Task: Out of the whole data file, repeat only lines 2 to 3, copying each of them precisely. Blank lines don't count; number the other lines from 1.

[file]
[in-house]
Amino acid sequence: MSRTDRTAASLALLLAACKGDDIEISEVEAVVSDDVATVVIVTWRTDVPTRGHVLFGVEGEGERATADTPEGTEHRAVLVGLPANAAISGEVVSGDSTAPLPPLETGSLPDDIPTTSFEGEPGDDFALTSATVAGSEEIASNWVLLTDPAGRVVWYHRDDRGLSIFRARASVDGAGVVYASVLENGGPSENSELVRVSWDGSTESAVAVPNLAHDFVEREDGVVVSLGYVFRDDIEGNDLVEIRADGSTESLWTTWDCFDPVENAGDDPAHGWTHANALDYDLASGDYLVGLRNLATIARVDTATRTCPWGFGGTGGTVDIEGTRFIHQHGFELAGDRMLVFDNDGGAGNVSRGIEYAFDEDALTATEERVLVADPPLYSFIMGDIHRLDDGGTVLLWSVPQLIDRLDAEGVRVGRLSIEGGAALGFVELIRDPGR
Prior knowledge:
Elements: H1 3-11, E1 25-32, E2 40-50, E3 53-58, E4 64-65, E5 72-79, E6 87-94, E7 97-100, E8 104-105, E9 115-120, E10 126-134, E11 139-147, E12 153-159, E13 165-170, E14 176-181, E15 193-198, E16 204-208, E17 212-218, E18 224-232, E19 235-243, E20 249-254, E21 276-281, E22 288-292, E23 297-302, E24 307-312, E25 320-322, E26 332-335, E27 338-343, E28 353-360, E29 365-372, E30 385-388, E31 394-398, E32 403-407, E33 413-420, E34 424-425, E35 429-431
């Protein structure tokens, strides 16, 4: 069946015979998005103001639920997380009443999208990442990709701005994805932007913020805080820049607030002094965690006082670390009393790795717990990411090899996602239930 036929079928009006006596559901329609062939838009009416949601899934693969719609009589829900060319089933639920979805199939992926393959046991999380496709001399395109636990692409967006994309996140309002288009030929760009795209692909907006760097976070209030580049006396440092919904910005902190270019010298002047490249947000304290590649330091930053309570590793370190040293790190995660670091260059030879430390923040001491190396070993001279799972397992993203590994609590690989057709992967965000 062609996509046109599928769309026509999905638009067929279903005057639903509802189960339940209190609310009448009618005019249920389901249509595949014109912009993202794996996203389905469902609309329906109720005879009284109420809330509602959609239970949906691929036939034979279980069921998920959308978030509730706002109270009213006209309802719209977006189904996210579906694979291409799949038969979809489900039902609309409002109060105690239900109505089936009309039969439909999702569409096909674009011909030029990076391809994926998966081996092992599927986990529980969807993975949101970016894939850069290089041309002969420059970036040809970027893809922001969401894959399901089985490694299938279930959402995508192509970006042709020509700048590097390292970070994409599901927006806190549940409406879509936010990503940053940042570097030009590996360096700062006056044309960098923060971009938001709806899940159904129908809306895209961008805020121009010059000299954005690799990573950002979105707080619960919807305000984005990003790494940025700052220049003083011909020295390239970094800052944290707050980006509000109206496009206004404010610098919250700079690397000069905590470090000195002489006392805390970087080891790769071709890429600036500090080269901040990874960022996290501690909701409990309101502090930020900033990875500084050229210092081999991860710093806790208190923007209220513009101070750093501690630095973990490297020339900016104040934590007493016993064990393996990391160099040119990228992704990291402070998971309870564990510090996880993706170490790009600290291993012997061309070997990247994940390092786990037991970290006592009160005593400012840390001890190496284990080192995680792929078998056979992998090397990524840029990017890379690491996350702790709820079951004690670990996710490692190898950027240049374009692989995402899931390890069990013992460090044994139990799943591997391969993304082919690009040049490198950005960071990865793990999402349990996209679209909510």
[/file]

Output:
Amino acid sequence: MSRTDRTAASLALLLAACKGDDIEISEVEAVVSDDVATVVIVTWRTDVPTRGHVLFGVEGEGERATADTPEGTEHRAVLVGLPANAAISGEVVSGDSTAPLPPLETGSLPDDIPTTSFEGEPGDDFALTSATVAGSEEIASNWVLLTDPAGRVVWYHRDDRGLSIFRARASVDGAGVVYASVLENGGPSENSELVRVSWDGSTESAVAVPNLAHDFVEREDGVVVSLGYVFRDDIEGNDLVEIRADGSTESLWTTWDCFDPVENAGDDPAHGWTHANALDYDLASGDYLVGLRNLATIARVDTATRTCPWGFGGTGGTVDIEGTRFIHQHGFELAGDRMLVFDNDGGAGNVSRGIEYAFDEDALTATEERVLVADPPLYSFIMGDIHRLDDGGTVLLWSVPQLIDRLDAEGVRVGRLSIEGGAALGFVELIRDPGR
Prior knowledge: